We regard the numerical simulation of a microfluidic valve where liquid water interacts with a thin, lightweight membrane of similar densities in a nearly-enclosed fluid domain using the partitioned fluid-structure interaction (FSI) approach. The valve under investigation is an innovative micro-scale proportional valve designed by our industrial partner Dolphin Fluidics. It consists of two different but interdependent actuation types. A shape-memory alloy actuator controls the pilot chamber. The pressure change in the pilot chamber controls the deformation of the central membrane. The particularity of the device pertains to its ability to prevent any flow leakage while handling high-pressure differences ranging from 0.2 bar to 5 bars. However, although it is designed to provide accurate and proportionally variable flowrate, experiments showed that the valve has issues while partially open. Mainly, excessive vibrations occur when the valve is 30% partially open and manifest as noise due to rapid main membrane fluctuations. In addition, undesired turbulent flow is observed across the outlet. This behavior should be well understood to execute the appropriate changes in the valve design.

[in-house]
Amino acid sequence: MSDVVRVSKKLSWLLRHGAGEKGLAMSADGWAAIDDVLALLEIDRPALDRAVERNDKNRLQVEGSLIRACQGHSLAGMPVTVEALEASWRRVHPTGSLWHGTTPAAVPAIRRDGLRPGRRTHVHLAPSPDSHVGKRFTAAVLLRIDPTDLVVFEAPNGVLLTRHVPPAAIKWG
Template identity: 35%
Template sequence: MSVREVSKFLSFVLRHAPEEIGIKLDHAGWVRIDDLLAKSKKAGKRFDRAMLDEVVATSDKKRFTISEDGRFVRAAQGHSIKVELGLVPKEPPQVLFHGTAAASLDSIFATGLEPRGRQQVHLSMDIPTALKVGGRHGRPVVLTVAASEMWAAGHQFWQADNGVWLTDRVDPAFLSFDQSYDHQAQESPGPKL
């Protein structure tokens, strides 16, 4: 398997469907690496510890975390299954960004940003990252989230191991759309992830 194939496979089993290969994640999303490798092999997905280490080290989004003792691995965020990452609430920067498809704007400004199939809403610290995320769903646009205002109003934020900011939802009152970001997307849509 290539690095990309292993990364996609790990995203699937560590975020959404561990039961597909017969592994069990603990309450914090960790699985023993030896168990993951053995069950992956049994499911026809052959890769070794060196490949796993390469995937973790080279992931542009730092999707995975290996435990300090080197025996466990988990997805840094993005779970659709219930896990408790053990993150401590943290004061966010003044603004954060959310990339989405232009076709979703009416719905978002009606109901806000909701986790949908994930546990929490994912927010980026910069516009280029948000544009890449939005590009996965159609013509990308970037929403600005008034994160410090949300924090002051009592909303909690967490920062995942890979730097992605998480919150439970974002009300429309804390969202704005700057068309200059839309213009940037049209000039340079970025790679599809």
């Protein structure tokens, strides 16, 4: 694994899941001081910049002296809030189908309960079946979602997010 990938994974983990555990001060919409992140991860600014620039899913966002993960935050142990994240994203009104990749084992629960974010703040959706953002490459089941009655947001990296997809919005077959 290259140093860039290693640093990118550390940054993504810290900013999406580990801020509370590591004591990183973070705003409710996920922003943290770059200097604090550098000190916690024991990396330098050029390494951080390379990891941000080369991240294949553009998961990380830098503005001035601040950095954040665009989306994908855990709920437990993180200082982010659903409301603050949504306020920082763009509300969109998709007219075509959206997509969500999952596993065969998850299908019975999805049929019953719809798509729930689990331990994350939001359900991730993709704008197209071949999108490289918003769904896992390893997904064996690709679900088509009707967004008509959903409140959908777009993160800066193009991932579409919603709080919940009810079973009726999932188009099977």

In this context, Ansys Multiphysics is used to simulate the coupled problem. The structural model is implemented in Ansys Mechanical, the fluid model is developed within Ansys Fluent, and the coupling is executed through Ansys SystemCoupling.
We control the pressure in the pilot chamber using a one-way FSI approach. The mechanical response and the fluid system are modeled using a two-way FSI approach. The quasi-Newton inverse least squares (IQN-ILS) stabilization method reduces the added-mass effect in this coupled problem and enhances the convergence behavior. The opening time duration up to 100% open setpoint equals 0.2 [sec]. The simulation uses a synchronized time-step size equal to 1e-5 [sec] and runs until a 50% partially open valve setpoint is reached, enough for observing the vibrations and investigating the flow behavior. The simulation runs to completion in around 253 hours on 64 AMD EPYC cores using Ansys HPC capabilities. The obtained results enable a better understanding of the valve operating system and will be used to improve the product design.
Fig. 1: Fluid velocity streamlines and membrane deformation at time t=0.06sec
June 1, 2022